Martinez was unable to reconcile the legal descriptions on the 1966 parent deed for the B&P property and the 1973 parent deed for the Knighthawk property with each other to find the boundary line. Martinez found some overlap between the two legal descriptions and "couldn't make any of this fit." Martinez was unable to find any pins of record in the ground for either the Knighthawk property or the B&P property. Specifically, Martinez was unable to locate "a stake" in the northeastern corner of the Knighthawk property to mark the boundary with the B&P property as described in Trent's notes from the 1966 survey. However, using Trent's 1990 survey of the B&P property, Martinez knew that Neal's fence was roughly a foot from the boundary line, and that Neal's building was a mere 0.6 feet from the boundary line. After conducting an on-the-ground survey, Martinez observed that the fence was "eight to ten inches wide." Thus, Martinez placed a 5/8-inch pin a little behind the fence to mark the beginning point for his survey of the Knighthawk property.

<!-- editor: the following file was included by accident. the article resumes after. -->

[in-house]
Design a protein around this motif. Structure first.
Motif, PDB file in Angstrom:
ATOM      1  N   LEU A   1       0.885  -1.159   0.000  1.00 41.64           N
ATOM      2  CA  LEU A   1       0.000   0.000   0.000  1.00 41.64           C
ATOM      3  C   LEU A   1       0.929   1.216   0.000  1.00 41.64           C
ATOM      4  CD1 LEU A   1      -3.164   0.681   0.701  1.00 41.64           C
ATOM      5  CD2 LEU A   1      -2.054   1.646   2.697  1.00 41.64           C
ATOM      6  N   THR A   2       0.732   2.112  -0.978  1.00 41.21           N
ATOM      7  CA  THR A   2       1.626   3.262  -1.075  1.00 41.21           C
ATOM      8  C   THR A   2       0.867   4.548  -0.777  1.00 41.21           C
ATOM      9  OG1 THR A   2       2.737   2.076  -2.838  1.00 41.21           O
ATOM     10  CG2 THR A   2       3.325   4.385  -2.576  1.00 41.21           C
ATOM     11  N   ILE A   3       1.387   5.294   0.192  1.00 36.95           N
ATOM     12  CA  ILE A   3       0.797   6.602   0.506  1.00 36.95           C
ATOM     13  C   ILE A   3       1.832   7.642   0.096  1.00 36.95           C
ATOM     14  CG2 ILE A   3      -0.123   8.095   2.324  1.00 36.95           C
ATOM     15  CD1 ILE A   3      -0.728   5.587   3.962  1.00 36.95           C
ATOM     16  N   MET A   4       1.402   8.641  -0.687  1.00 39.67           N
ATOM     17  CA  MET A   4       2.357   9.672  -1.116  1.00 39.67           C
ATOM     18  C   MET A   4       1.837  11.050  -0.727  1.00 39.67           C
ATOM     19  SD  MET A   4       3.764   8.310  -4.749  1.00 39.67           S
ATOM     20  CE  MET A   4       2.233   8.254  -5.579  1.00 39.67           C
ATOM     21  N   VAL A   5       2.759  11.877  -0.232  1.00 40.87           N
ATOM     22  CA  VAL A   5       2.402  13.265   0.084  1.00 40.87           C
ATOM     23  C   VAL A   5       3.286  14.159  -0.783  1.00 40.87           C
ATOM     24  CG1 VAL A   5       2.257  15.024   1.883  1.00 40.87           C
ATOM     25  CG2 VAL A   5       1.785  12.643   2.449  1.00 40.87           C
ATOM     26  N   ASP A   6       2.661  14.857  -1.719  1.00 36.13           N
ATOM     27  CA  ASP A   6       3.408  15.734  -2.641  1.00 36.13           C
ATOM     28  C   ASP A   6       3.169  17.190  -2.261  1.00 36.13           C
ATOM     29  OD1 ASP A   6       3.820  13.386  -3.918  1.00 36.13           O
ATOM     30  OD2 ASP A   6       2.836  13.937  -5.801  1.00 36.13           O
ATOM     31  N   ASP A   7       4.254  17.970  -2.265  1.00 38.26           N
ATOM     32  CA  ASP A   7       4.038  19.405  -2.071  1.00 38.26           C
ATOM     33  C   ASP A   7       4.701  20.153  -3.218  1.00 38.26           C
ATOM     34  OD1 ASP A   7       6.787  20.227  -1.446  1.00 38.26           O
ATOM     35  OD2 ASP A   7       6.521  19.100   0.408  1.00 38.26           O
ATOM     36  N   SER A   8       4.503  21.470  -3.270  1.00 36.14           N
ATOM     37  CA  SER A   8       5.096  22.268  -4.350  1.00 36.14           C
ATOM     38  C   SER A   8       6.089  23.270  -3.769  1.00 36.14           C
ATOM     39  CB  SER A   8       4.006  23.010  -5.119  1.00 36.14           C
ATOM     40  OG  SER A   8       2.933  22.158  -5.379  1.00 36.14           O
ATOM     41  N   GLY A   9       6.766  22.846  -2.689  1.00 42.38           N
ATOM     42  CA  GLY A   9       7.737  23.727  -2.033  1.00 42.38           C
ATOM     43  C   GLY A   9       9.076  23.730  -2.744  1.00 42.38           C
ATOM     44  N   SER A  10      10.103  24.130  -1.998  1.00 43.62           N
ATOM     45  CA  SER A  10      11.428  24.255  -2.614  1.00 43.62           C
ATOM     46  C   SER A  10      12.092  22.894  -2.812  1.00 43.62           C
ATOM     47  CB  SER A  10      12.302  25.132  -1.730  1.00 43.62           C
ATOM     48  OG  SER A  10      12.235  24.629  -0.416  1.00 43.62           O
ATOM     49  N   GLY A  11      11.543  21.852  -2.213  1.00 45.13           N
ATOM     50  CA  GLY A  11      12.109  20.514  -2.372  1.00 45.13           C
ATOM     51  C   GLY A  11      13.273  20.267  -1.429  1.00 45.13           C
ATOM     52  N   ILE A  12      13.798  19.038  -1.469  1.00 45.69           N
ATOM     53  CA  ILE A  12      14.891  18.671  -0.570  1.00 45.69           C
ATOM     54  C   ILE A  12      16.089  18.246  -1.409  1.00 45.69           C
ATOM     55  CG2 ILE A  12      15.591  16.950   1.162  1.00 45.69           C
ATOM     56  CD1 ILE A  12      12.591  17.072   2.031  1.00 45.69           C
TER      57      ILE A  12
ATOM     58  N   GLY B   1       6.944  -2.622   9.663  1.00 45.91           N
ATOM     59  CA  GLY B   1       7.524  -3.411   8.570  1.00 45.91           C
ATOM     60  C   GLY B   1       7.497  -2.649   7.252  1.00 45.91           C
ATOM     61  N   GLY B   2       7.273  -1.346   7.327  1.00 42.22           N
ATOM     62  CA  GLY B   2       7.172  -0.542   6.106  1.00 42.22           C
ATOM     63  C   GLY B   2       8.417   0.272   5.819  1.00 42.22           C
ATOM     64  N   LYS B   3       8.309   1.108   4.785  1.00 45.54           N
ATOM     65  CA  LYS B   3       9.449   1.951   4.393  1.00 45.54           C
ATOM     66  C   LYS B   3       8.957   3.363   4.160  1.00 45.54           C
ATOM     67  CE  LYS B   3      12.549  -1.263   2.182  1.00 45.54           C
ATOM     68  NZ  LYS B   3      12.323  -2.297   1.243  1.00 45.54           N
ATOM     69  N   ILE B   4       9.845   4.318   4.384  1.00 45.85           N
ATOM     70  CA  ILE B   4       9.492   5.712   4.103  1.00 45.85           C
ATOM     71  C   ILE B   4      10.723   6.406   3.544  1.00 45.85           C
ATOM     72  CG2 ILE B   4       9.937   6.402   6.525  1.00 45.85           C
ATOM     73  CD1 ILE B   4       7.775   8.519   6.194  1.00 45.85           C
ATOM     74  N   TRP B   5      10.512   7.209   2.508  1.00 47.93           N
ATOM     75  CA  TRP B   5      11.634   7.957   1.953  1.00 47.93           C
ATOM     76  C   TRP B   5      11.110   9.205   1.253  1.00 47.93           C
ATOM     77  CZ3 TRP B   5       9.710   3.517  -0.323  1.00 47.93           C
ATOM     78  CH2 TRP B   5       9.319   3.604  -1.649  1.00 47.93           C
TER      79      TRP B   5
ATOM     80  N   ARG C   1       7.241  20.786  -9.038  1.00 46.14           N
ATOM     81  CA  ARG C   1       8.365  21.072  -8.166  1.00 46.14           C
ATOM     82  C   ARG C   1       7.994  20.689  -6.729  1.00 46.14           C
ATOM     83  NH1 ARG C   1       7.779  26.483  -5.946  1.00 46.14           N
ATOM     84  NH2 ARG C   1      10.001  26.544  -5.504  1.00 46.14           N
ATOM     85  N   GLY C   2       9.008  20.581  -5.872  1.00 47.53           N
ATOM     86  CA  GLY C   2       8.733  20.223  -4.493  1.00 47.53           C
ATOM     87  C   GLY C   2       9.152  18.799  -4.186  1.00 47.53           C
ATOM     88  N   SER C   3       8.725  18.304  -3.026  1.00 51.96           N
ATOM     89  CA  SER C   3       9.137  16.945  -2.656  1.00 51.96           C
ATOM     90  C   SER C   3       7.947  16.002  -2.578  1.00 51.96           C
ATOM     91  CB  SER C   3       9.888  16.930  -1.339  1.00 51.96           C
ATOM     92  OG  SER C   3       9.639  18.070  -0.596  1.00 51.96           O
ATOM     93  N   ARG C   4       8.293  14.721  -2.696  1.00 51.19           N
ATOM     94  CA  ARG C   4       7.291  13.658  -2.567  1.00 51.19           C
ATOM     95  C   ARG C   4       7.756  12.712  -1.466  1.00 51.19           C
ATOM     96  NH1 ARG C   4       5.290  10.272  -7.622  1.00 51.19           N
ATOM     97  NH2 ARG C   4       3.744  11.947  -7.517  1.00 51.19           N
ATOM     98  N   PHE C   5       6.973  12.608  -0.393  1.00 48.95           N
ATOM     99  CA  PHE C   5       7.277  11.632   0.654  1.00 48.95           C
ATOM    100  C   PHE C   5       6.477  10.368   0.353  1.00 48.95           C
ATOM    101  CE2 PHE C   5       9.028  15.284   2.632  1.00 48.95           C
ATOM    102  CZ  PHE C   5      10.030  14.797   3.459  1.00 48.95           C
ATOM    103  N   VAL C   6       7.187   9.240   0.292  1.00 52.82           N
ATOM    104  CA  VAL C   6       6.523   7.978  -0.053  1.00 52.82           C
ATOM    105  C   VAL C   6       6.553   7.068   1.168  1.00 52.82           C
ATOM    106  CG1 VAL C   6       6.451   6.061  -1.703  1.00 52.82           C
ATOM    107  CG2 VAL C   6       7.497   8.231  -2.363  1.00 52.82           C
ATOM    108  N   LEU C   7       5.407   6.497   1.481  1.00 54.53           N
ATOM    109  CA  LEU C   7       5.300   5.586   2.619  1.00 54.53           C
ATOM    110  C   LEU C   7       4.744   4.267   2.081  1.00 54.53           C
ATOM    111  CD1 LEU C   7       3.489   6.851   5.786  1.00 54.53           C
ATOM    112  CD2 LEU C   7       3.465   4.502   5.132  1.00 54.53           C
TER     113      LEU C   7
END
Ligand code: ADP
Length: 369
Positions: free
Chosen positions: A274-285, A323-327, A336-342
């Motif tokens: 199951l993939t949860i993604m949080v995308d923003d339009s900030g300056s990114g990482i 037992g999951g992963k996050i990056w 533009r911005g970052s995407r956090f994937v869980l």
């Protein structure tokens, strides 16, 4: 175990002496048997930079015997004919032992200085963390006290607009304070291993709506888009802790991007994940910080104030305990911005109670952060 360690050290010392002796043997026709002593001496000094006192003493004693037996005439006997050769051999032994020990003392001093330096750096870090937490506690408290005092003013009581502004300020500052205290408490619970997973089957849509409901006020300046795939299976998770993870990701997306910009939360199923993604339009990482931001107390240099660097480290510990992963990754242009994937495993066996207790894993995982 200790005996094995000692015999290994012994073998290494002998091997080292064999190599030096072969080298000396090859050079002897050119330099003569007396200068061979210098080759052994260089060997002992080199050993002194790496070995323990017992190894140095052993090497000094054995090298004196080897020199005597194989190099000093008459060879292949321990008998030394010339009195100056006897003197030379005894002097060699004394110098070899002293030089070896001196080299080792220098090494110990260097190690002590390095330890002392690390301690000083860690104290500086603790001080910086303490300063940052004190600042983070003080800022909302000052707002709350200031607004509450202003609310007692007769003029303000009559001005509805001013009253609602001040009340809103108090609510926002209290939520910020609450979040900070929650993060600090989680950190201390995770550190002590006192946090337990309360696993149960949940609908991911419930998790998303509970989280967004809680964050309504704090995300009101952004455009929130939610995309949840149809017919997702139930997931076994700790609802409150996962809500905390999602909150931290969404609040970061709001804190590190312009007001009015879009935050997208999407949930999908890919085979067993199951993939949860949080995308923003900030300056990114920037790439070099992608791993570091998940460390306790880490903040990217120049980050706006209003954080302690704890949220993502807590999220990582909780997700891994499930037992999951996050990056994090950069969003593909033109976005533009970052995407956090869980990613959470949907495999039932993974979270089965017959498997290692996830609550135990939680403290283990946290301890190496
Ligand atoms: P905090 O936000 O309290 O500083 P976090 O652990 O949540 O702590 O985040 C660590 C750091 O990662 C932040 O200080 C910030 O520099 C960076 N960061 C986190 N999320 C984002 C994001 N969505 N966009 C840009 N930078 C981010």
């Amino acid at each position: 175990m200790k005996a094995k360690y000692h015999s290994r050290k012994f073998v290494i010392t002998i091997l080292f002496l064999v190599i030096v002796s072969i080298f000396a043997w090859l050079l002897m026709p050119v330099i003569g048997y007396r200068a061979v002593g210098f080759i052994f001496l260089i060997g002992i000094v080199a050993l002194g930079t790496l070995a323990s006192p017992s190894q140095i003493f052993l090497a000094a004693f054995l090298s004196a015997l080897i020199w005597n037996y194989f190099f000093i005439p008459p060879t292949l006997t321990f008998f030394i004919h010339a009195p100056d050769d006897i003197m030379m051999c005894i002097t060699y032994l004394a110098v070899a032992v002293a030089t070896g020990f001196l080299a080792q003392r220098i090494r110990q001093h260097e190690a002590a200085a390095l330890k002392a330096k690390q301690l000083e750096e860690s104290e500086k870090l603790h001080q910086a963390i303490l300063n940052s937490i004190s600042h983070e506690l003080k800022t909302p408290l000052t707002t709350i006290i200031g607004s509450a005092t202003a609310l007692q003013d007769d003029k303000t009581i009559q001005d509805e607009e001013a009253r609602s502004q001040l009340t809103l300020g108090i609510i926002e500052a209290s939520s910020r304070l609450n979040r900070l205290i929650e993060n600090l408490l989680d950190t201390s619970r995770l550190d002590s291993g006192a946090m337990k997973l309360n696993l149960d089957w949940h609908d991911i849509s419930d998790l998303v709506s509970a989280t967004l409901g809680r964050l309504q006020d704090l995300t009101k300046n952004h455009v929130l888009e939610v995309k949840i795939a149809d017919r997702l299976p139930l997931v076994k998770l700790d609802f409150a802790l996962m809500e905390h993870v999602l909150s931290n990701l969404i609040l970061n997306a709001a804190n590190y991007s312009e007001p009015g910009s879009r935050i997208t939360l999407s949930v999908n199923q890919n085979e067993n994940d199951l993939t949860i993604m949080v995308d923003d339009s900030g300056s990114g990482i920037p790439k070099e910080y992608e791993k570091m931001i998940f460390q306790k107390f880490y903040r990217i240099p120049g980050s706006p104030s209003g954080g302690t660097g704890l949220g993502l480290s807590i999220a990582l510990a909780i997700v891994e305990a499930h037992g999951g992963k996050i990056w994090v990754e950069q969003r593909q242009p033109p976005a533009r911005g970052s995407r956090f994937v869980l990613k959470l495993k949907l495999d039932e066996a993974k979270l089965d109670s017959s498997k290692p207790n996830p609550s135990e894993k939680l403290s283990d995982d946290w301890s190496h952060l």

In 2011, B&P was formed to build a Wing Stop and a Little Caesar's in Del Rio. B&P hired an architect to ensure the proposed building would fit on the site. B&P entered into a sales contract with Neal to purchase the lot north of the Knighthawk property. B&P closed on the property on June 28, 2011. In September 2011, B&P hired surveyor Charles Rothe. Rothe used a different origination pin than Trent and Martinez and placed the 1976 Neal fence 3.46 feet north of the boundary line. Rothe thus concluded that Knighthawk's existing buildings encroached on B&P's land. The survey was delivered to B&P on January 12, 2012.